What to do when motherhood isn’t bringing you happiness?

What to do when motherhood isn’t bringing you happiness?

I am sure all mothers would agree that pregnancy, childbirth and post-partum challenges are truly exhausting. The cooing and laughter of babies comes with an equal share (perhaps a bigger share) of responsibilities. Motherhood throws sudden and unforeseen challenges at you every day. It is natural to feel tired and irritated from time to time, but these feelings are generally transient. What to do if you find yourself heavily burdened with the duties of motherhood and aren’t able to relate to the happiness that other moms talk about?

Why are Indian mothers usually stressed?

If you are an Indian, you probably know the sheer load of household and social responsibilities that womenfolk handle. Right from childhood, a girl is ‘groomed’ in a particular way, so that she is deft at handling household chores later in life. Most of us who had office-going mothers would agree that our mothers handled the double duty of managing the house and their office. Additionally, Indian society conveniently blames the mother if a child does something wrong or is lacking a few ‘ideal’ attributes. Right from the moment they hold their baby for the first time until their last breath, Indian mothers are continuously thinking about their children. In other words, they make motherhood the primary aspect of their identity.

Embracing motherhood without falling in the trap

Saloni (name changed) was a bright IT professional before she decided to quit her job and devote time to her newborn. While at home, she took charge of her baby and managed the house according to her wish. Soon, she became frustrated because she didn’t find the time for herself. She could no longer make trips to the salon, go for movies as before or have a telephonic conversation in peace. The baby rarely gave her few free hours and she started feeling guilty over quitting her job, and sometimes, also for having a baby. She felt as if her life is all about changing diapers, feeding, cleaning and playing with the baby, while her husband is happily living his old life. What would you suggest her?

Stop being too hard on yourself

It is understandable that you want everything to be prim and proper in the house. But after the arrival of a child, chaos is normal. Don’t burden yourself unnecessarily with maintaining a spotless house, an elaborate meal plan and entertaining guests. It is OK to give a little bit leverage to these things. Channel your energy away from these things and focus on things that make you happy, a hobby perhaps.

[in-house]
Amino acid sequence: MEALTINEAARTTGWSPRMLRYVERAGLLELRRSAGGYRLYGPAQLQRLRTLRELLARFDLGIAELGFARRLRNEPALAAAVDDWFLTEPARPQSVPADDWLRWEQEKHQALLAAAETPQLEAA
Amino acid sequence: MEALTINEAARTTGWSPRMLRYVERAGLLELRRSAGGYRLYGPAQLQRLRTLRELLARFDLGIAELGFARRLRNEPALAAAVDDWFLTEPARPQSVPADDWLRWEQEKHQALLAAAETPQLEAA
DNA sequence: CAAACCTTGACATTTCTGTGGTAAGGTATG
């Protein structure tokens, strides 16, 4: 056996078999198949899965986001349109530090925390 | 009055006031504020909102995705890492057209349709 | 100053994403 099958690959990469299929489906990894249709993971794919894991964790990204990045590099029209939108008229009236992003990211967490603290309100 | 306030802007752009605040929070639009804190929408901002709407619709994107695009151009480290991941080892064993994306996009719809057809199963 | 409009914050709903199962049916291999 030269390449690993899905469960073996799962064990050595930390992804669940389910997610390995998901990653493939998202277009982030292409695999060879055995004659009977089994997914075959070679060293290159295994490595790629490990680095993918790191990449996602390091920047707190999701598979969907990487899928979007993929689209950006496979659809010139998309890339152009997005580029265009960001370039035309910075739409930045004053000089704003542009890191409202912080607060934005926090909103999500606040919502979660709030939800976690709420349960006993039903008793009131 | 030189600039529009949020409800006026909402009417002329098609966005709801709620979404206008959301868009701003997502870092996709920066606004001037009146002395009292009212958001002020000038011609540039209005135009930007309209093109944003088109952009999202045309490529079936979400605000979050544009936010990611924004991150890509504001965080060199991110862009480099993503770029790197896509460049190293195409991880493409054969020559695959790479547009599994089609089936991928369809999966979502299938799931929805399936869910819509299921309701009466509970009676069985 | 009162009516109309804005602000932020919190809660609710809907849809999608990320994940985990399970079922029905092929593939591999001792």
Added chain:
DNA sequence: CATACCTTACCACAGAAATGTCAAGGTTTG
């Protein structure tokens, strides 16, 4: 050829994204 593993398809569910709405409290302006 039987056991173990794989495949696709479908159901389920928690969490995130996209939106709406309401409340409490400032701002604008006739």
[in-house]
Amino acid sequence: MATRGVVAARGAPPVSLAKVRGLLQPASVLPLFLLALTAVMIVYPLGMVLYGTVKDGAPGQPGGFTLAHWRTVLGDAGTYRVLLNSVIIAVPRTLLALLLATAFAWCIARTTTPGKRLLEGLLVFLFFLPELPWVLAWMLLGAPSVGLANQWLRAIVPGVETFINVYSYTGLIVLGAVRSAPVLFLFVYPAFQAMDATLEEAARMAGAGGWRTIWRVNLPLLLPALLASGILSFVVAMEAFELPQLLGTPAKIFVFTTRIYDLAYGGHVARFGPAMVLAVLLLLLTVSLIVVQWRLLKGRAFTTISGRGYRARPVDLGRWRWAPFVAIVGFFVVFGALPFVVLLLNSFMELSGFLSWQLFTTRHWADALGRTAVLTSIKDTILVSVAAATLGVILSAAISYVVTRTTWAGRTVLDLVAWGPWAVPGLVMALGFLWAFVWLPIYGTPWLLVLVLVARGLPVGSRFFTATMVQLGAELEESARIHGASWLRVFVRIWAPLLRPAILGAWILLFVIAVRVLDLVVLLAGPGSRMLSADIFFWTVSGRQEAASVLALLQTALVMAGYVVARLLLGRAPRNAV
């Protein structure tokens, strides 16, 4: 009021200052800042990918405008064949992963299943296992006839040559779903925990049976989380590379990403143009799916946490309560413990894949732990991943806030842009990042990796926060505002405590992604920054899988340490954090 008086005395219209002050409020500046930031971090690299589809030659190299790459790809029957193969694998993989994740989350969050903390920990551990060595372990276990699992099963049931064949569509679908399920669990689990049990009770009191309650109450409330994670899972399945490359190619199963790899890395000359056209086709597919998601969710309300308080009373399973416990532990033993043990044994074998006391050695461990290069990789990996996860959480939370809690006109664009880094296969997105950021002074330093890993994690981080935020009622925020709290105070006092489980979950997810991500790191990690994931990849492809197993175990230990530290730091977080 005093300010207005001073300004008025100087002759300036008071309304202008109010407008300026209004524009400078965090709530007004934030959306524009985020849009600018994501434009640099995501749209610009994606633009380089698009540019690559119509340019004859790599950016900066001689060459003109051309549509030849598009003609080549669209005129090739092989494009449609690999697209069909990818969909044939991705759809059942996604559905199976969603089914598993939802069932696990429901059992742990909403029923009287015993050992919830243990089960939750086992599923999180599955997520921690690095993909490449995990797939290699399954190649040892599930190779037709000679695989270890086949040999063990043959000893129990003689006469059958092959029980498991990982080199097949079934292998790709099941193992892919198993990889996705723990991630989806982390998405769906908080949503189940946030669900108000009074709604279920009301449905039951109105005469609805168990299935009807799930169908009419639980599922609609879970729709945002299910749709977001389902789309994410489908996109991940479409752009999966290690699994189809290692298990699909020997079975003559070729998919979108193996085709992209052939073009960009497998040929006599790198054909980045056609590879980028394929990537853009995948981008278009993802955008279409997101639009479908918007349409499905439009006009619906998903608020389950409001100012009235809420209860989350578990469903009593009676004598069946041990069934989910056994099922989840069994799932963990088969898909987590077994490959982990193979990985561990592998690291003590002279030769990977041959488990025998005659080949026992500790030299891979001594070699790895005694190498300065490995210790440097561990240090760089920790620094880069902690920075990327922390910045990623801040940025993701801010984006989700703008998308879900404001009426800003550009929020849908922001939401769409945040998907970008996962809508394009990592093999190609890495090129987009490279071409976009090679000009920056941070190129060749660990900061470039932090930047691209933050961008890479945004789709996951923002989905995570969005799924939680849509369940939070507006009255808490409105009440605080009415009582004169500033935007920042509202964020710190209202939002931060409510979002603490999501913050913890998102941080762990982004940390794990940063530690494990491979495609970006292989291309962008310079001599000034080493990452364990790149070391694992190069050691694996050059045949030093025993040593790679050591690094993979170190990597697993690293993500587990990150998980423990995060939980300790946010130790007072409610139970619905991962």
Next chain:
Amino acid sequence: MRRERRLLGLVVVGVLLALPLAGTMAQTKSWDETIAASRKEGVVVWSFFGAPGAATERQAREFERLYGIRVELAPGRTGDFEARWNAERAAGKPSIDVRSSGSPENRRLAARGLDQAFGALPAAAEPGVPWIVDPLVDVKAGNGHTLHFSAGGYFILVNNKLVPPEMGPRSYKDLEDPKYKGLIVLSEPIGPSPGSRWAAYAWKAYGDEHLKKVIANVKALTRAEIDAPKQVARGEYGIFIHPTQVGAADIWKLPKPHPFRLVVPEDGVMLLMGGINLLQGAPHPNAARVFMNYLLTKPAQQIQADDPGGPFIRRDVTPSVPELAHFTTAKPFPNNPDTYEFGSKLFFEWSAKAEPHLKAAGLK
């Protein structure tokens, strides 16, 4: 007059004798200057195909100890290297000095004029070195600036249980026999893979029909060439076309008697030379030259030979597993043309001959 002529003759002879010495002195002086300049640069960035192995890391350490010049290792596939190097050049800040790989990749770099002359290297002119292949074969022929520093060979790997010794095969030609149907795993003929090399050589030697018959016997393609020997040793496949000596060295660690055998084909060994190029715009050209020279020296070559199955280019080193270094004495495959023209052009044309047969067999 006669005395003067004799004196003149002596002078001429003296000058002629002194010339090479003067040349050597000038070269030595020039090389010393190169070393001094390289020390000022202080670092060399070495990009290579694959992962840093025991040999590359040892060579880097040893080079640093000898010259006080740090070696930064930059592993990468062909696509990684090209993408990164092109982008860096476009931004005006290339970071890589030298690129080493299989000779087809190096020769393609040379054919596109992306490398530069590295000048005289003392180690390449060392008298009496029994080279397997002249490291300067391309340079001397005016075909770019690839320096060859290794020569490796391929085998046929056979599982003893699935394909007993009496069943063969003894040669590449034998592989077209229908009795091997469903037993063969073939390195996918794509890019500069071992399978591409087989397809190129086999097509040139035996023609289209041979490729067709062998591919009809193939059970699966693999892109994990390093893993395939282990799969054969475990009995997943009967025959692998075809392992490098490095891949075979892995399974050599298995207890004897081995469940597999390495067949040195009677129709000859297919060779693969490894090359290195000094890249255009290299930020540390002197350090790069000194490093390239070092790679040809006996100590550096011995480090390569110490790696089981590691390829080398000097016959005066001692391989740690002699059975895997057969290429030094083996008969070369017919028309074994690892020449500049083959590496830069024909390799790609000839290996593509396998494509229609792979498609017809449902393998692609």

Ask for help

There is no contest for ‘Best Mom’ in the journey of motherhood. Whether you stay at home or go to office, asking for help is absolutely fine. Hire domestic help for designated chores, ask family members and friends to help you out whenever needed. Involve your husband in raising the child and take me-time breaks at least once a week. Meet your friends for coffee or watch a movie alone after leaving the child with the dad or a trusted friend.

Opt for a daycare/ preschool

I know it is difficult to trust a stranger when it comes to your child, but sooner or later you have to send your child to school. Thus, it is a good idea to send the child to a daycare center or preschool that has CCTV monitoring. These few child-free hours will give you the much-needed me-time. However, talk to the staff members and other parents before enrolling your child.

Respect your motherhood choices

If you decided to take a career break for taking care of the child, see the long-term impact of your choice. You will be able to find a job eventually, but you should always respect the decisions that you made for yourself and pass through turbulent times.

Learn from positive examples

There will be plenty of people to pull you down, but you should get inspired by stories of mothers who made it through their challenging phases. Look around you, there are many women who are trying to make the best out of motherhood without compromising on their priorities.

Chin up ladies. Don’t make motherhood the only aspect of your life. Treat it as one of the many roles you play and never forget to give yourself prime importance. Strive to become a happy person, and you will automatically become a happy mother.

Image Source: Global Villages Space

Dr. Shruti Sharma

Other than my formal training in life-sciences (in which I did my PhD), I am actively involved in following my passion for writing and crafts. When I am not spending time with my toddler, I read a lot and write on different topics as blogs, newspaper articles, short stories and poems. My articles are regularly published on a lot of online platforms. I love to explore different cultures and my writing reflects my opinion.